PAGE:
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Q. on suus, eius
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Author:  Dionysius [ Wed Oct 08, 2014 9:09 pm ]
Post subject:  Q. on suus, eius

I'm a little confused about "eius", "eorum/earum" and "suus, sua, suum"....

Q1. I just want to make sure...Don't both eius, etc. and suus, etc. NOT follow the gender, number, and case of the subject or the person possessing, but they DO follow the gender, number, and case of the that which is being possessed, although they both have reference to the that which is doing the possessing?

Q2. If this is true, how can we know when to use the eius, eorum, earum, or the suus, sua, suum ? Are there certain rules I can follow to make the proper distinctions?

Author:  Pelagius [ Wed Oct 08, 2014 9:52 pm ]
Post subject:  Re: Q. on suus, eius

It's maybe a little confusing because those words are two different parts of speech. You correctly note that suus, like other adjectives, corresponds in gender, number and case to the word it modifies. Hence a sentence like tunc loquetur ad eos in ira sua et in furore suo conturbabit eos. You see that suus matches the gender and case of the noun "being possesed" as you put it rather than the subject, namely, the Lord (Dominus).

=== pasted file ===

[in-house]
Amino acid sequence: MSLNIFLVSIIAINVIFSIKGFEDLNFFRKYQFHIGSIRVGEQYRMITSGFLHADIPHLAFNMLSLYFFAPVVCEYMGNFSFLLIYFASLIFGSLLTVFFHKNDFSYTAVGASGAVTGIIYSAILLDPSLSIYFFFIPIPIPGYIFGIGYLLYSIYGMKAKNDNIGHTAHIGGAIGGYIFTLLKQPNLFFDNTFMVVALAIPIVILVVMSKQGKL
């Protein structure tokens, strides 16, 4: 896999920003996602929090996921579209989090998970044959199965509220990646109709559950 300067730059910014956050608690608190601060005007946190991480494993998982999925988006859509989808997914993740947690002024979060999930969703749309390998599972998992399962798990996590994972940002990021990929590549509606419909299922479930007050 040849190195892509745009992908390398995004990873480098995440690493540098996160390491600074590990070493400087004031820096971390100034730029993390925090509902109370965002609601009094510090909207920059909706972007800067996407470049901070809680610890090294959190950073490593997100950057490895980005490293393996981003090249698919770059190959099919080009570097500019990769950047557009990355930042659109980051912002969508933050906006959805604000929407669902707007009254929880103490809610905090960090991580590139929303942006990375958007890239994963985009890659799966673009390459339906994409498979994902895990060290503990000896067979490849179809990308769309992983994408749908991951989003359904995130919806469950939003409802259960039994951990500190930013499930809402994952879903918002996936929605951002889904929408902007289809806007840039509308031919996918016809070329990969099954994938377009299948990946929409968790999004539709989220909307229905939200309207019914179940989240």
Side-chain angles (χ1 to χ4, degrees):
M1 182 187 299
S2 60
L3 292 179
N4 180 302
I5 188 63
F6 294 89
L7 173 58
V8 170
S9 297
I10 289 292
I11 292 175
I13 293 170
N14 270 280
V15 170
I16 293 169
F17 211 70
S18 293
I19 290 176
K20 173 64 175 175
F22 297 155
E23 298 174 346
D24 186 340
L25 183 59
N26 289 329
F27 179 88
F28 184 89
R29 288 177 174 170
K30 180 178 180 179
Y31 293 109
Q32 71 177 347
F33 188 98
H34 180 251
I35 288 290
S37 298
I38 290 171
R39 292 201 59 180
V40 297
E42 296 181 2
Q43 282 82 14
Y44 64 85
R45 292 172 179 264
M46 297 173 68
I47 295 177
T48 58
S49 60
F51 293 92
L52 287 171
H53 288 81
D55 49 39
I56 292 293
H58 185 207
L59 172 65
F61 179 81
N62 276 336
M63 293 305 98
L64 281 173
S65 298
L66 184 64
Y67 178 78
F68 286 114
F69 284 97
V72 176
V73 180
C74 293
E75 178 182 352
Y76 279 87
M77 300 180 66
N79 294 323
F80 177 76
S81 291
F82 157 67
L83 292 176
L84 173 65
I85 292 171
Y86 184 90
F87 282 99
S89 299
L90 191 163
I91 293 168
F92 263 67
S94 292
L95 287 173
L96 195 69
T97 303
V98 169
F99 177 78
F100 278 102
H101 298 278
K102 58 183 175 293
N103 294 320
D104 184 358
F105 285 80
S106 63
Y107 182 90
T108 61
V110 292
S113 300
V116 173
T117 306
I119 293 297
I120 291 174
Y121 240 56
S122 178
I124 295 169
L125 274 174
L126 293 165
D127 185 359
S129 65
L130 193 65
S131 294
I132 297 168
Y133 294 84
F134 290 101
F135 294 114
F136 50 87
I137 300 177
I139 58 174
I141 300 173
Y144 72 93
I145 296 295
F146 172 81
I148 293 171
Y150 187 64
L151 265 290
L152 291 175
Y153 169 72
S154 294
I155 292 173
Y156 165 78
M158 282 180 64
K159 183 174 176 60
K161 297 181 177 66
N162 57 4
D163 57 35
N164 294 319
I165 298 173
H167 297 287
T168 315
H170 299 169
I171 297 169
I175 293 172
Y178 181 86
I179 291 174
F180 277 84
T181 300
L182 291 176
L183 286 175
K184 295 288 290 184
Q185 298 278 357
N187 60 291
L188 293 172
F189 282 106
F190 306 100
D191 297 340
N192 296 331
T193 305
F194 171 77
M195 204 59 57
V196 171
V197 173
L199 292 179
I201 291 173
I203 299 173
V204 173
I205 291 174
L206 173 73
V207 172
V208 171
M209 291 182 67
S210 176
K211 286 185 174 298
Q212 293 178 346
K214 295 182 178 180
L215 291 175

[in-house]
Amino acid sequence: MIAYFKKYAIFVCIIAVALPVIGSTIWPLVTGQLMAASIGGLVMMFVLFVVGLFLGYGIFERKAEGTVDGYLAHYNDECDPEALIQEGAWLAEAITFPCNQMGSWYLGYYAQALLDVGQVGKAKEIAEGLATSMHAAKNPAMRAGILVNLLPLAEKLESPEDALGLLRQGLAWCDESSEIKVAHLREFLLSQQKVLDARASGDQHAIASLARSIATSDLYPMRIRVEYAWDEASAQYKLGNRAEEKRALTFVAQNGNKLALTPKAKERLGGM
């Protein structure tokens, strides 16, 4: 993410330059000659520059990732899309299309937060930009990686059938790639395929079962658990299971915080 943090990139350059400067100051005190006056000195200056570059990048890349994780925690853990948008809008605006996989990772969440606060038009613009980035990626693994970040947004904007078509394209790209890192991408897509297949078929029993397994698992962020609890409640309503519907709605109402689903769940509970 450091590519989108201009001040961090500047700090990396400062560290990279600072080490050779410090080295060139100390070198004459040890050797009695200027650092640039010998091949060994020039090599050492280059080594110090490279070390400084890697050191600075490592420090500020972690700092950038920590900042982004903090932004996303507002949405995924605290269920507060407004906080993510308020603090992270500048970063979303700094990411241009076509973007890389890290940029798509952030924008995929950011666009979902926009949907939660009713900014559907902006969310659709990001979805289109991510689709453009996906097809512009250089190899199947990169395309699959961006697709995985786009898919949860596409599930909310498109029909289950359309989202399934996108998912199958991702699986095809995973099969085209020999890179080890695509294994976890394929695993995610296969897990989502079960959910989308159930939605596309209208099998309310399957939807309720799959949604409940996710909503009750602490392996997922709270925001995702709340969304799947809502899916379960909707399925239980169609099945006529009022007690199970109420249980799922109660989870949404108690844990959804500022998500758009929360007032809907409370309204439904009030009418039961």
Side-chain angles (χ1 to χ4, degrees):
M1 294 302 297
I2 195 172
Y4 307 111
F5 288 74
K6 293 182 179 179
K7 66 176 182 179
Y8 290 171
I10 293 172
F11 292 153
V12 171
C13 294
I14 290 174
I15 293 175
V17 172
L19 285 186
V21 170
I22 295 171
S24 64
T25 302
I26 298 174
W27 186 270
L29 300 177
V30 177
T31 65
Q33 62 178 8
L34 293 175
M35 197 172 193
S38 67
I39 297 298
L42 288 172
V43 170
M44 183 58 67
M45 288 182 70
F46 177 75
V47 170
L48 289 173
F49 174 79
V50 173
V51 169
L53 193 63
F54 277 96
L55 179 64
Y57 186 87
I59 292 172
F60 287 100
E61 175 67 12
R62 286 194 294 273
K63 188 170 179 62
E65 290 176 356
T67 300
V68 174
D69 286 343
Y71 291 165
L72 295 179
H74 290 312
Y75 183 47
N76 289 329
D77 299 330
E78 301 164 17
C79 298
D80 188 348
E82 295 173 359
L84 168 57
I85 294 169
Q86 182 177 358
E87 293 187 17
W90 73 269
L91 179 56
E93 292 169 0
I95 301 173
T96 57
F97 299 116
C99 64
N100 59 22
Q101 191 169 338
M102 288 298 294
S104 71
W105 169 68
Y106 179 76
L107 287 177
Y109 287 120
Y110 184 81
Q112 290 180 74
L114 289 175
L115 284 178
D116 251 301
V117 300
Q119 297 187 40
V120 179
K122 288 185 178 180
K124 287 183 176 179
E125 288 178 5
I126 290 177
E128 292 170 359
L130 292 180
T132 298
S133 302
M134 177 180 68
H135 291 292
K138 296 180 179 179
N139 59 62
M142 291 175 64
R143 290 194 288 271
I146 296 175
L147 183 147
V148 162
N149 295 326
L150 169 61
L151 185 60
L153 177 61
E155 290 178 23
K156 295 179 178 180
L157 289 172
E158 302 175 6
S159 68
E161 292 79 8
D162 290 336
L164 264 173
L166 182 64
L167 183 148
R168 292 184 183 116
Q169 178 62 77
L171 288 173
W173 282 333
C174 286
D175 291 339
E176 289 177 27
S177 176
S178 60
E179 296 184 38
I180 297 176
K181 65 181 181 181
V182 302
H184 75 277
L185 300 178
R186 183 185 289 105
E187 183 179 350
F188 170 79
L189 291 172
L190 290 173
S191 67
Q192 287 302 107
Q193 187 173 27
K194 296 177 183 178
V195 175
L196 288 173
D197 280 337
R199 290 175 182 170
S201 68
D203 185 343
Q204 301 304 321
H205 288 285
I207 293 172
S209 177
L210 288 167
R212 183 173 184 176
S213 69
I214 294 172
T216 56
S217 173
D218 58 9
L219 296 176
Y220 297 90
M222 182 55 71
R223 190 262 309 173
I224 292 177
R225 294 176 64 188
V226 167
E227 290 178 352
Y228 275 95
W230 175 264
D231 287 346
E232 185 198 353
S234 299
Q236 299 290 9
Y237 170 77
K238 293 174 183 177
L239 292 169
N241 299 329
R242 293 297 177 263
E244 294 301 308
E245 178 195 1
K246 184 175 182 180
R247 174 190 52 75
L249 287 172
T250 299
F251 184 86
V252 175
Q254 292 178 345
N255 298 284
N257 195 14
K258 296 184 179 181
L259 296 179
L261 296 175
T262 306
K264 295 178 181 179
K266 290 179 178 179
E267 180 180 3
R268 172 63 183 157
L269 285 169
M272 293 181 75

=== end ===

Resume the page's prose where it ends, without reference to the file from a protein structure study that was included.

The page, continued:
Eius on the other hand is not a possessive adjective, but actually the singular genitive of the third-person pronoun is. This means that it will operate in the opposite manner of suus, conforming not to what is possessed, but to the possessor. It will always be genitive, so the case is constant. It only varies according to the gender and number of the possessor. See this table for declensions. ... ea_id.shtm

So when do you use which? Suus is "reflexive," which means that it is used when it corresponds to the subject of the relevant sentence or clause. For instance, Johannes canem suum amat means John loves his own dog. Eius on the other hand is just a simple third-person pronoun so Johannes canem eius amat would mean that John loves Bob's dog or whoever's dog it may happen to be (which would be clear from the broader context). More on reflexives: ... e.299.html ... e.300.html ... e.301.html

Author:  Pro Ecclesia Dei [ Fri Oct 10, 2014 4:57 pm ]
Post subject:  Re: Q. on suus, eius

Pelagius explained it well enough, but to add

Eius/ejus, to be clear, is the genitive case of is, id, ea. So corresponds with his, its, her(s)

Eorum is theirs (masculine or neuter) and earum is theirs (feminine). It is just the plural genitive of the word is, id, ea

Suus, suum, sua should also correspond with number, as well as gender and case of whatever noun it is modifying. Josue recollavit cogitationes suas (Joshua recalled his own thoughts)

Adjective versus pronoun

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